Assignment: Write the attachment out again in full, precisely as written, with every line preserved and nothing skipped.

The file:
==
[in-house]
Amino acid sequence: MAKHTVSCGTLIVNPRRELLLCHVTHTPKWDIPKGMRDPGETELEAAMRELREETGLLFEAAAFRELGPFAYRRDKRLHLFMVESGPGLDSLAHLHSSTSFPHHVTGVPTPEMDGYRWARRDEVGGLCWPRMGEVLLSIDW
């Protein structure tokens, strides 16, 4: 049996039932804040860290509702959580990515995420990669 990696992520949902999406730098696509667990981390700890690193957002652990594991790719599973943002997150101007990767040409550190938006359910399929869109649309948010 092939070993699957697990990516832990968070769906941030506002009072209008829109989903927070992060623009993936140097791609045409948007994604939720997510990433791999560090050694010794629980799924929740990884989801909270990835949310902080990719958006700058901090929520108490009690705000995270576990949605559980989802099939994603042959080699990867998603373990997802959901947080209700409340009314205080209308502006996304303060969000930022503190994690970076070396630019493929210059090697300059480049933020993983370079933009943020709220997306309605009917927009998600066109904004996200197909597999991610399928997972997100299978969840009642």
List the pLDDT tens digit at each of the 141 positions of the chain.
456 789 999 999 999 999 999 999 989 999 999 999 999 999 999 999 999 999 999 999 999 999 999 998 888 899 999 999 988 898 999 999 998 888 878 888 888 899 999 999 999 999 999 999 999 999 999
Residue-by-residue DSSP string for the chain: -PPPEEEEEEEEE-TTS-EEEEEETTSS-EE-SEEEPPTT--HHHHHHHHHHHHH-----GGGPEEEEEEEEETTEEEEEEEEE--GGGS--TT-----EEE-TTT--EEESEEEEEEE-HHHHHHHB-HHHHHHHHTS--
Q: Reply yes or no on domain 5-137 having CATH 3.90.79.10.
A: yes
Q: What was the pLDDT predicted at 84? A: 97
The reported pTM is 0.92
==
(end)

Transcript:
[in-house]
Amino acid sequence: MAKHTVSCGTLIVNPRRELLLCHVTHTPKWDIPKGMRDPGETELEAAMRELREETGLLFEAAAFRELGPFAYRRDKRLHLFMVESGPGLDSLAHLHSSTSFPHHVTGVPTPEMDGYRWARRDEVGGLCWPRMGEVLLSIDW
């Protein structure tokens, strides 16, 4: 049996039932804040860290509702959580990515995420990669 990696992520949902999406730098696509667990981390700890690193957002652990594991790719599973943002997150101007990767040409550190938006359910399929869109649309948010 092939070993699957697990990516832990968070769906941030506002009072209008829109989903927070992060623009993936140097791609045409948007994604939720997510990433791999560090050694010794629980799924929740990884989801909270990835949310902080990719958006700058901090929520108490009690705000995270576990949605559980989802099939994603042959080699990867998603373990997802959901947080209700409340009314205080209308502006996304303060969000930022503190994690970076070396630019493929210059090697300059480049933020993983370079933009943020709220997306309605009917927009998600066109904004996200197909597999991610399928997972997100299978969840009642």
List the pLDDT tens digit at each of the 141 positions of the chain.
456 789 999 999 999 999 999 999 989 999 999 999 999 999 999 999 999 999 999 999 999 999 999 998 888 899 999 999 988 898 999 999 998 888 878 888 888 899 999 999 999 999 999 999 999 999 999
Residue-by-residue DSSP string for the chain: -PPPEEEEEEEEE-TTS-EEEEEETTSS-EE-SEEEPPTT--HHHHHHHHHHHHH-----GGGPEEEEEEEEETTEEEEEEEEE--GGGS--TT-----EEE-TTT--EEESEEEEEEE-HHHHHHHB-HHHHHHHHTS--
Q: Reply yes or no on domain 5-137 having CATH 3.90.79.10.
A: yes
Q: What was the pLDDT predicted at 84? A: 97
The reported pTM is 0.92